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 In Memory of Mr.

Max Glass ‫לע”נ שמואל מרדכי בן שלמה זאב יוסף‬

In Memory of Mr. Jack Gindi ‫לע”נ יעקב אליהו בן אליהו הכהן‬

Likutei Ohr
Editor-in-Cheif: Elon Swartz ’13 Executive Editor Asher Naghi ’14 Senior Editor: Micah Hyman ’14 Layout Editor: Yair Fax ’14 Marketing: Jordan Lustman ’15 Managing Editor: Ariel Amsellem ’15 Distributers: Mitchell Silberberg ’14 Avi Rosenberg ’14 Staff Advisor: Rabbi Arye Sufrin

Parshat Lech Lecha

A publication of YULA Boys High School

‫ליקוטי אור‬
Rabbi Yitzchak Etshalom

B’rit Milah: Commitment to the Destiny of Am Yisrael

Candle Lighting Times Candles:

5:48 pm
Shabbat Ends:

6:43 pm Teffilah Gems
by Yonah Hiller ’14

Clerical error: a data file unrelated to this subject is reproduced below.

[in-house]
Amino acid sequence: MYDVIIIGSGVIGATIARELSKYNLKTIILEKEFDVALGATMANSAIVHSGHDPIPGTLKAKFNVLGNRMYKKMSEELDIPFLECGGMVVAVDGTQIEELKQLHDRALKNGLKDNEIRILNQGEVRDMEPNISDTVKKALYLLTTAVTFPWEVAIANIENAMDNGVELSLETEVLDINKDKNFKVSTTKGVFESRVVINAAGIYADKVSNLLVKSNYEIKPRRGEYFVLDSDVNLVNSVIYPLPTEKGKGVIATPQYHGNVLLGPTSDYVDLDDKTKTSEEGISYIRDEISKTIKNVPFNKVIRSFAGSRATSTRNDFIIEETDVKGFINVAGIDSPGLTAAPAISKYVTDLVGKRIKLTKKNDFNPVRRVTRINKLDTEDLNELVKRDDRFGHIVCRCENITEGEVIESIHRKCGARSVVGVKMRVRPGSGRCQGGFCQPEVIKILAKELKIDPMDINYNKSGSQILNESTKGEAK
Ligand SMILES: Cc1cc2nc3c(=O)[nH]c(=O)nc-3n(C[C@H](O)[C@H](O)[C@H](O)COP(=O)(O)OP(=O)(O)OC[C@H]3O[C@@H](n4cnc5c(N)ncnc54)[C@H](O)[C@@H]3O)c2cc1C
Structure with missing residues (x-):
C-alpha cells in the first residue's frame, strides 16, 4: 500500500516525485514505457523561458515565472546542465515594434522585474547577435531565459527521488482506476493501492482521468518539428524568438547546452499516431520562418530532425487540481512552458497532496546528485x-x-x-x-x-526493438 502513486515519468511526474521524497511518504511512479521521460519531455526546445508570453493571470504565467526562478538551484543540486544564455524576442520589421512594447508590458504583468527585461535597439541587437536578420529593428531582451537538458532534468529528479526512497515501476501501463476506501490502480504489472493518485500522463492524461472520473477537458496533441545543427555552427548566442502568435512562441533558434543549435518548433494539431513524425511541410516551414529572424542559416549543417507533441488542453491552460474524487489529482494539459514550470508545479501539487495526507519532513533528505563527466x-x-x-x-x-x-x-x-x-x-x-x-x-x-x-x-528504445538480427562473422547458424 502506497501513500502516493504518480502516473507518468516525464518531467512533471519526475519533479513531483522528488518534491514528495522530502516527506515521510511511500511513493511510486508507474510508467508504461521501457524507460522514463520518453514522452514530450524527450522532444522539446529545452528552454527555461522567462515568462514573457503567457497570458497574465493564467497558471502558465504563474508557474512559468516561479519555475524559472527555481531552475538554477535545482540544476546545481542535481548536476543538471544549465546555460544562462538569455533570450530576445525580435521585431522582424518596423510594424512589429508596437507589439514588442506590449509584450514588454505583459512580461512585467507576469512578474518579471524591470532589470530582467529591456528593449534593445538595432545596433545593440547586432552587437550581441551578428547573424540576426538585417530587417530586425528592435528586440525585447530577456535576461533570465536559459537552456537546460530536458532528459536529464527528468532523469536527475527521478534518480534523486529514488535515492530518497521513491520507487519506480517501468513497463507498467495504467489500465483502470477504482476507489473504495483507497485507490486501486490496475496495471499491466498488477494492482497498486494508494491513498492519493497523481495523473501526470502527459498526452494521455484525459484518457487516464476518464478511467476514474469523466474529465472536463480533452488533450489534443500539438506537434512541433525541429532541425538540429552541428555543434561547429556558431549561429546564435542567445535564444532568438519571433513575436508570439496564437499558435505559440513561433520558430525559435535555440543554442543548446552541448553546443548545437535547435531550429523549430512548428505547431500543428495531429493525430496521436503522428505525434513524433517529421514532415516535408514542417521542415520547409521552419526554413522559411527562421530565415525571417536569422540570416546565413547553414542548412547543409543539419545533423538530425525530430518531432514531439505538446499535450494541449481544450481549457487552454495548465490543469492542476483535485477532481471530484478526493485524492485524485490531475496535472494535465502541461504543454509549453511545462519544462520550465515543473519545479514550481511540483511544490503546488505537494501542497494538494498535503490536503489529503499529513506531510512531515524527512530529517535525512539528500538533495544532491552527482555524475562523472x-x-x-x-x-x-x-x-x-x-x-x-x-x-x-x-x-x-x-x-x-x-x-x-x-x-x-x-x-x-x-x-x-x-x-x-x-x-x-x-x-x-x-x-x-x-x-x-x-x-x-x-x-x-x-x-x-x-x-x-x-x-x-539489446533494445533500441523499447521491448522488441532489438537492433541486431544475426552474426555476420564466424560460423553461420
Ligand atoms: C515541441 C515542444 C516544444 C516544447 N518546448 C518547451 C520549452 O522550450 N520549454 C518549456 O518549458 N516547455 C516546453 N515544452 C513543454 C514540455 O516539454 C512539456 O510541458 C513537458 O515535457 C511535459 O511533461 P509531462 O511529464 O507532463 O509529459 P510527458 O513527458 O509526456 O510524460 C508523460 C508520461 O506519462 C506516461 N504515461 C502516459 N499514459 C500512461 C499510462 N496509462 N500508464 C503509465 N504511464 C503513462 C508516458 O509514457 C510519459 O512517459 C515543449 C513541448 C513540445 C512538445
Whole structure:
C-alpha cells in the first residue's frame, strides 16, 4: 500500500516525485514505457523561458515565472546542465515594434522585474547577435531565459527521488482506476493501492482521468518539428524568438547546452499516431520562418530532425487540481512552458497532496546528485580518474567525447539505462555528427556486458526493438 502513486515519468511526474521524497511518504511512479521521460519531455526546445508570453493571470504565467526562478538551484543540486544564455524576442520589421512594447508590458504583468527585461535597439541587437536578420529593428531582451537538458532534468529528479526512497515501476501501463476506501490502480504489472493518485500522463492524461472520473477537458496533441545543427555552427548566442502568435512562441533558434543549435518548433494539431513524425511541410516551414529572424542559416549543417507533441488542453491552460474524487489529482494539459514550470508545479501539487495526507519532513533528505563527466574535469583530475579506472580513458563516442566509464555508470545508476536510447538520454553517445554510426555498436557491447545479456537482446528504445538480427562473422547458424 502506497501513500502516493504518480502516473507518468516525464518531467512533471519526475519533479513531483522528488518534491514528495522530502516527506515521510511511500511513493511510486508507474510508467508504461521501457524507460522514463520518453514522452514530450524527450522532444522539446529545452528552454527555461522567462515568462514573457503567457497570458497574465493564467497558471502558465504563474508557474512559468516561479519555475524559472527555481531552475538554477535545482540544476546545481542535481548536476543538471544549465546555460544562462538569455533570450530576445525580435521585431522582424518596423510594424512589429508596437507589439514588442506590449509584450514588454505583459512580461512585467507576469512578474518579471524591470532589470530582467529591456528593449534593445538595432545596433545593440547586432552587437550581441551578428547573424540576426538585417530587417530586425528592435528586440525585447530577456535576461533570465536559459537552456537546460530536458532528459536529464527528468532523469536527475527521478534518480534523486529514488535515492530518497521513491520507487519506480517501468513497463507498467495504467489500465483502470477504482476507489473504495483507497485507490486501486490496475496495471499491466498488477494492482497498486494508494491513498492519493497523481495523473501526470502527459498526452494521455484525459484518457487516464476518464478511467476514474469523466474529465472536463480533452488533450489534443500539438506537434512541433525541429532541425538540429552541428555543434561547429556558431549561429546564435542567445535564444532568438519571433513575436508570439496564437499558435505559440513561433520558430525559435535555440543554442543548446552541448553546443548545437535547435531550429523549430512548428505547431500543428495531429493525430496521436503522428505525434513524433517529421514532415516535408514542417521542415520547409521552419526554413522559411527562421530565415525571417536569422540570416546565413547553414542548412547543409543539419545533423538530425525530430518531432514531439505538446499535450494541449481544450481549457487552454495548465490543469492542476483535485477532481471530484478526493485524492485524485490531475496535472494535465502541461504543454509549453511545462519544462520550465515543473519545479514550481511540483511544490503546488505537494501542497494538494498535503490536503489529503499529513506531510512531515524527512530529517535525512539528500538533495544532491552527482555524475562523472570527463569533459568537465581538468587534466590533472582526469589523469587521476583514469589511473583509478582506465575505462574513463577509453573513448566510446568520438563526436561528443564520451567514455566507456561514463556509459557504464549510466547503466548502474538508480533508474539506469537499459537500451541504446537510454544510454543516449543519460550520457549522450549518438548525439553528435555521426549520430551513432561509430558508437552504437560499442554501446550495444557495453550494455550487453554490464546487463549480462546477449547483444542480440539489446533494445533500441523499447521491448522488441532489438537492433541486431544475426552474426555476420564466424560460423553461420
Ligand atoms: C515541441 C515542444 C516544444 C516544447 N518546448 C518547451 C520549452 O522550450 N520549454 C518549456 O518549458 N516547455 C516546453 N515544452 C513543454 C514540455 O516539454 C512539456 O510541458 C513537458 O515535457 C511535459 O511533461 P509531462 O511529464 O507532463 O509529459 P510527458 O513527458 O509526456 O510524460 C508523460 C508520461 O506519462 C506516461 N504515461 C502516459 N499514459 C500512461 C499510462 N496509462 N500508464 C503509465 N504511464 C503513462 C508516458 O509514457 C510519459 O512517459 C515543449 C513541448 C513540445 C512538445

B’rit Milah and Korban Pesach: There are only two Mitzvot 'Aseh whose non-fulfillment results in a formal punishment: B'rit Milah, and partaking in the Pessach offering (Bamidbar 9:13). In both cases, the punishment is "Karet.” When two Mitzvot command their own category, sui generis, two questions are raised: 1) What makes them unique, and 2) What features do they have in common? By investigating the special nature of 'Am Yisra'el, we can, hopefully, discover the nature of these two "exceptional" Mitzvot. The Price of Membership: Membership in any group provides companionship and a sense of shared purpose. In return, the members occasionally must sacrifice their individual desires and needs. There is invariably an equation between the extent to which one negates one's self towards the group, and the extent to which one shares with that group. In order to claim membership in 'Am Yisra'el, it is not sufficient to be an ethically aware and theologically oriented individual. To be a Jew means joining the Jewish Nation; this means sharing the goals, dreams, joys and sorrows of an age-old and forever-young people. It means a shared history and a common destiny. Note Rambam's formulation regarding someone who is not involved in communal concerns: "Someone who separates himself from the community (even though he does not transgress any violations), who isolates himself from the congregation of Yisra'el, not fulfilling Mitzvot among them, not involving himself in their troubles and not fasting during their fast days; rather, he goes his merry way like one of the nonJews, as if he were not one of them - has no portion in the World to Come" (MT T'shuvah 3:1 1) All of our fixed bakashot indicate a communal request: "Grant us knowledge, redeem us, heal us..." Until we are all healed, no one of us is truly healed; a member of our groups suffers and we suffer along with him. One who refuses to participate in the rituals that define one as a member of the group, is surely "cut off" from the group. This is the inevitable result of his actions: non-participation in the most fundamental group rite is active denial of membership. Belonging to the Nation: There are two elements that are central to membership in Am Yisrael: a common history and a common destiny. Membership in the nation demands both our bonds are rooted in a sense of common past; whereas our national venture, our joint project and mission, is sourced in a vision of a common future. We propose that each of these unique Mitzvot 'Aseh, B'rit Milah and Korban Pessach, represents each one of these perspectives of membership. That the Korban Pessach is symbolic of a common history is self-evident. That the covenant of circumcision symbolizes common destiny, however, needs some explanation. The Midrash relates a conversation that took place between R. Akiva and a Roman governor, Tyrannus Rufus. Tyrannus Rufus asked R. Akiva whose deeds were greater, Man's or God's. R. Akiva answered that Man's were greater. Tyrannus Rufus further asked R. Akiva why Jews circumcise their males. R. Akiva explained, "I knew that you would ask that, and that is why I first answered that Man's deeds are greater than God's." R. Akiva then produced wheat stalks and cakes and demonstrated: "These are God's (stalks) and these are Man's (cakes) - aren't these cakes finer than the stalks?" Tyrannus Rufus then asked: "If God desires circumcision, why isn't the child born circumcised?" R. Akiva responded, "And why does the umbilicus come out with the child if his mother has to cut it? As for what you asked, the child isn’t born circumcised because God gave Yisrael the Mitzvot for the sole purpose of their participation.” (Midrash Tanhuma, Tazria). Although R. Akiva and Tyrannus Rufus were arguing about circumcision (a sore point from the perspective of the Greco-Roman culture of the gymnasium), their dispute cut much deeper. The underlying challenge to the reigning culture implicit in the Mitzvah of B'rit Milah is a statement about the role of Man and the relationship between Man and God. The Hellenistic perspective understands Man as a creature of God (or, in their parlance "the gods"). However, the creation, as such, is Divine and not subject to Man's interference; it is not Man's role to tamper with Creation or to try to better it. This was the weltanschauung supporting the pedestal of athletic competition and physical beauty. As one writer put it: The Greeks found holiness in beauty (whereas the Jews found beauty in holiness!). R. Akiva represents the Jewish perspective: Man is not just another creature. Man is made in the image of the Creator, and is, therefore, a creator himself. The Mitzvot were given so that 'Am Yisra'el would realize the Torah's goal for all of Mankind: To be partners with God in the ongoing process of Creation. "Any judge who executes a perfectly true judgment is considered as if he were made a partner with God in the act of Creation.” (BT Shabbat 10a). Proper judgment is a continuation of the proper balance achieved in Creation; the judge is carrying on the Divine mandate of Creation. When Mankind mangled the order of Creation, that order itself was reversed, allowing the Supernal Waters and the Nether Waters to comingle, producing a Flood. The most integral and constant expression of that destiny - of our mission to improve on "Ma'aseh B'resheet" and to continue to bring order into the chaotic world around us - is circumcision. It is as if we are introducing the child to his life goal by way of example: "Your job is to create! Be not satisfied with Creation as you find it! Imitate God, for it is in His image that you were made. Create, build and achieve mastery over the world. And, by the way, you'd best start with achieving mastery over yourself." This is the destiny of 'Am Yisra'el. Active participants in ongoing creation, we do not rest from our socio-religious goal: repairing the broken world. Befriending the heart with no companion, mending the torn fences of Creation; this is our mandate. The covenant obligates us to work with our Partner; the circumcision symbolizes the nature of that work. Anyone who refuses to participate in the rituals that define one as a member of the group is surely "cut off" from the group. This is the effect of his actions: non-participation in the most fundamental group rite is active denial of membership. "Karet" is not an arbitrarily designed punishment; it is the inescapable result of one's rejection of full membership in 'Am Yisra'el.